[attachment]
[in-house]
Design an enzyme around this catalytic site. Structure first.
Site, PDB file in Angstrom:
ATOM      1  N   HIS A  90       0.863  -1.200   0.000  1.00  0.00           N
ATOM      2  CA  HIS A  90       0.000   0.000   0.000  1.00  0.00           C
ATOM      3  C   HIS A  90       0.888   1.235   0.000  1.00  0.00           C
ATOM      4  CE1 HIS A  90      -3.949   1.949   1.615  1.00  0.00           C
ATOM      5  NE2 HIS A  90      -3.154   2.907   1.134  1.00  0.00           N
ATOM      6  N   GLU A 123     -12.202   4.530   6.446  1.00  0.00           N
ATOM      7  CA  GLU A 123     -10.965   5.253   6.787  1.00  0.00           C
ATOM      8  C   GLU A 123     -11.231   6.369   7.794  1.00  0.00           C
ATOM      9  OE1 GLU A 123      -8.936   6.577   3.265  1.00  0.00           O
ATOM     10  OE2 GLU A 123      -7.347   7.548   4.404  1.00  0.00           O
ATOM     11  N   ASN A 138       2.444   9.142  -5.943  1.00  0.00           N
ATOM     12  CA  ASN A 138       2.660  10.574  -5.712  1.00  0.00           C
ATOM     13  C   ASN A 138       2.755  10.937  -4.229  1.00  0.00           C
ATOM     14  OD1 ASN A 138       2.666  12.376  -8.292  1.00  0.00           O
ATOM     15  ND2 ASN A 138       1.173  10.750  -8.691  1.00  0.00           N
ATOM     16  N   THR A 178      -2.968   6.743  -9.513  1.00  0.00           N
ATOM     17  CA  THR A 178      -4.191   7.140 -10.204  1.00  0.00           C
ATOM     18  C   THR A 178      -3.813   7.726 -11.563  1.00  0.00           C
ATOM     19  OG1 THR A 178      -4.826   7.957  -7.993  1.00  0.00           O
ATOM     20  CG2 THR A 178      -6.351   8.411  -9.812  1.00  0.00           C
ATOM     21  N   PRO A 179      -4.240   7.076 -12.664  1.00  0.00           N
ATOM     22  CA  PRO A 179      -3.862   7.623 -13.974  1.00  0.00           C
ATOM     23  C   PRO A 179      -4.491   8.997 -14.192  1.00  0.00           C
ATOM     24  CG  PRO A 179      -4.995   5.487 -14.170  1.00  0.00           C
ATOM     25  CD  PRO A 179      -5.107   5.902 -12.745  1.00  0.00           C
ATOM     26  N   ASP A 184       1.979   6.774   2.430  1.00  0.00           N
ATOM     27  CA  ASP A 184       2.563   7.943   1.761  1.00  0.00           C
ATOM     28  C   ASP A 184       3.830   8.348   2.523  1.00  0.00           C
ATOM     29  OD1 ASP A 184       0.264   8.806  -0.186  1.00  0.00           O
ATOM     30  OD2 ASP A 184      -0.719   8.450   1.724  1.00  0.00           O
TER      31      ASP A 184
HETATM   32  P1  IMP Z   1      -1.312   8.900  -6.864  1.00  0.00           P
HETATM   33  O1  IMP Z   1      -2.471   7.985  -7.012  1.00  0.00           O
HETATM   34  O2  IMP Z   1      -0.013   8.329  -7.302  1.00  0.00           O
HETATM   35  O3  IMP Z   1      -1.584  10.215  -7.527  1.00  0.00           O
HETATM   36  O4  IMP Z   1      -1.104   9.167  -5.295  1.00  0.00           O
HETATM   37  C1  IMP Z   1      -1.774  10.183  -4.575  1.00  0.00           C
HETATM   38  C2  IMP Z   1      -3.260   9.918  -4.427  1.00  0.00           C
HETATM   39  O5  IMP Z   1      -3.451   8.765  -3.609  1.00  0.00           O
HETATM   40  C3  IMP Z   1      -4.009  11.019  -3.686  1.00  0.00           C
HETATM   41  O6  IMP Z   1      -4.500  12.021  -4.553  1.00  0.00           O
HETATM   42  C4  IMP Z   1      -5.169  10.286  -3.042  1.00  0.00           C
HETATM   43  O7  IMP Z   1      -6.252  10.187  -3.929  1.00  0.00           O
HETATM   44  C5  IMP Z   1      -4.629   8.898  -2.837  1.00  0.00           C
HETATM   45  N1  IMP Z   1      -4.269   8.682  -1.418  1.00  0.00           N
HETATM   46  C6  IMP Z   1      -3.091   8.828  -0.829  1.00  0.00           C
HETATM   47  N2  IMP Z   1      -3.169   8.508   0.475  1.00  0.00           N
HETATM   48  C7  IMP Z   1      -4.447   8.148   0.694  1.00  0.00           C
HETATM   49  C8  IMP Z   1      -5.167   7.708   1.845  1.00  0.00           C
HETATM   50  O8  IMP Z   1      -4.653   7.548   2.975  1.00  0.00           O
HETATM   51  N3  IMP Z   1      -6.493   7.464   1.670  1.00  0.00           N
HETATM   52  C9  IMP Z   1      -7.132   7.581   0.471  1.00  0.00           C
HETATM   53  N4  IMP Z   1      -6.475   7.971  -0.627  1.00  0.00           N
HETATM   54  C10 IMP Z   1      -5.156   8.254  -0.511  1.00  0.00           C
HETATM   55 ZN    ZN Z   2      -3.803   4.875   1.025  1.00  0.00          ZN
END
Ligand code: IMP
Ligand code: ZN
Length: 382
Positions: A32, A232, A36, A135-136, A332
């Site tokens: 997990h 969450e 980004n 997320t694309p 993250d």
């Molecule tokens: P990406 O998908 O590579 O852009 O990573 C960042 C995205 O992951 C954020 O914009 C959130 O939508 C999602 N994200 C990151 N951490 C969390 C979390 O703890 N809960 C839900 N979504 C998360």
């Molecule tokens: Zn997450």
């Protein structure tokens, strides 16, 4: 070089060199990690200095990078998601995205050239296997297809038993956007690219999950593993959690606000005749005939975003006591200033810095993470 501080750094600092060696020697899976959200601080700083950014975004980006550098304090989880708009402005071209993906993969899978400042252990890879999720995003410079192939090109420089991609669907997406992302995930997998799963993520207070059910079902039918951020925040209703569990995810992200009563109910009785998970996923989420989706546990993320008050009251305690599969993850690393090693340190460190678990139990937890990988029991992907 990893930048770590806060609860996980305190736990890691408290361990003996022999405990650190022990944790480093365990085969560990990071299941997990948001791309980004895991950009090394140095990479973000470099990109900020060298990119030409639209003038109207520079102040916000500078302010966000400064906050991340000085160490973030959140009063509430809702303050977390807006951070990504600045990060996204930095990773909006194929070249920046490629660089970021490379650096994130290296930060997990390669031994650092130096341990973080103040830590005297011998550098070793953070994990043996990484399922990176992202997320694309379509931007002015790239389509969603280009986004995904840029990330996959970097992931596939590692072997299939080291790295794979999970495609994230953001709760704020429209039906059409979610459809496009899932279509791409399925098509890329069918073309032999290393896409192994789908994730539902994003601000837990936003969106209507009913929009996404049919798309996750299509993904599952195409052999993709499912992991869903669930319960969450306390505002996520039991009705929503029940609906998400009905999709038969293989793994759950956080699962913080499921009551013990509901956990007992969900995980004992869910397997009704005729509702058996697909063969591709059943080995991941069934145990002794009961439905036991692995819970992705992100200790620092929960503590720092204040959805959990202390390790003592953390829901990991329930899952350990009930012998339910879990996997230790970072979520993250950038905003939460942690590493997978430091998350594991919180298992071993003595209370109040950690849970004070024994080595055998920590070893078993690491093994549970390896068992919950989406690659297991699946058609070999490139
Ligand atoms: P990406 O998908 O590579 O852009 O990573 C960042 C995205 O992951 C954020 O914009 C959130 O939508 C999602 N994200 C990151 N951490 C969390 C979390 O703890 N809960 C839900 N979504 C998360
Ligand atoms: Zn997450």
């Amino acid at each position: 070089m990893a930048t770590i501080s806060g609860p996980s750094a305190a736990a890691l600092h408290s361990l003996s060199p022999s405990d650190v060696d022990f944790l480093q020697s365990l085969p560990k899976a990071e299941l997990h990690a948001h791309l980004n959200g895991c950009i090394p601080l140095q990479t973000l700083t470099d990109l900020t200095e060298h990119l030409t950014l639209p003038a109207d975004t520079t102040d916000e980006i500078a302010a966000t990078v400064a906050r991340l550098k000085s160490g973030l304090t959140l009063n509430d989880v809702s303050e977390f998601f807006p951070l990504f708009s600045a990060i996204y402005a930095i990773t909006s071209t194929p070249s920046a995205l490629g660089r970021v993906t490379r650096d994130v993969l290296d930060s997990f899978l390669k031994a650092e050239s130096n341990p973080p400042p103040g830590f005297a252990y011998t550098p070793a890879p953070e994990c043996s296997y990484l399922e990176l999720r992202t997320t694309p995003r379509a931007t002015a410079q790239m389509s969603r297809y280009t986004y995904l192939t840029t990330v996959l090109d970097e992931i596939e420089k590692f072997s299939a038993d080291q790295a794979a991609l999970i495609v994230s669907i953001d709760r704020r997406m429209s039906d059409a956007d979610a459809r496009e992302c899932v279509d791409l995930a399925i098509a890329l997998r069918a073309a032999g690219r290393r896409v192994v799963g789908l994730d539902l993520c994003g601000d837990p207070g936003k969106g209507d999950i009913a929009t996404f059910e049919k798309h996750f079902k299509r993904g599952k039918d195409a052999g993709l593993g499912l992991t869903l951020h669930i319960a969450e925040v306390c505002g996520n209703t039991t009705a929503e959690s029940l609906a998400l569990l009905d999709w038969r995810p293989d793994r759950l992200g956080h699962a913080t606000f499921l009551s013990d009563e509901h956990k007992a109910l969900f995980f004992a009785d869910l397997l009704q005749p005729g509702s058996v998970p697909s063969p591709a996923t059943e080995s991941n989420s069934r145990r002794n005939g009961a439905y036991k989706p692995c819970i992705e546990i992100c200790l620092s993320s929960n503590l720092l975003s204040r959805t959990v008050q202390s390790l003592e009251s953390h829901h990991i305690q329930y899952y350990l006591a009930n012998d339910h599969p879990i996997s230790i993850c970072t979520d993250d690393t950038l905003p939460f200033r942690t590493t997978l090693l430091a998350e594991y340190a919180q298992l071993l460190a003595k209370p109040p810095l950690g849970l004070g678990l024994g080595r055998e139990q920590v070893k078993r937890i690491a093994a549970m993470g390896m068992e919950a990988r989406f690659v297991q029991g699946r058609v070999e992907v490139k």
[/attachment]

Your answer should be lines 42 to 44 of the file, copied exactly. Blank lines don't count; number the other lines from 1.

HETATM   39  O5  IMP Z   1      -3.451   8.765  -3.609  1.00  0.00           O
HETATM   40  C3  IMP Z   1      -4.009  11.019  -3.686  1.00  0.00           C
HETATM   41  O6  IMP Z   1      -4.500  12.021  -4.553  1.00  0.00           O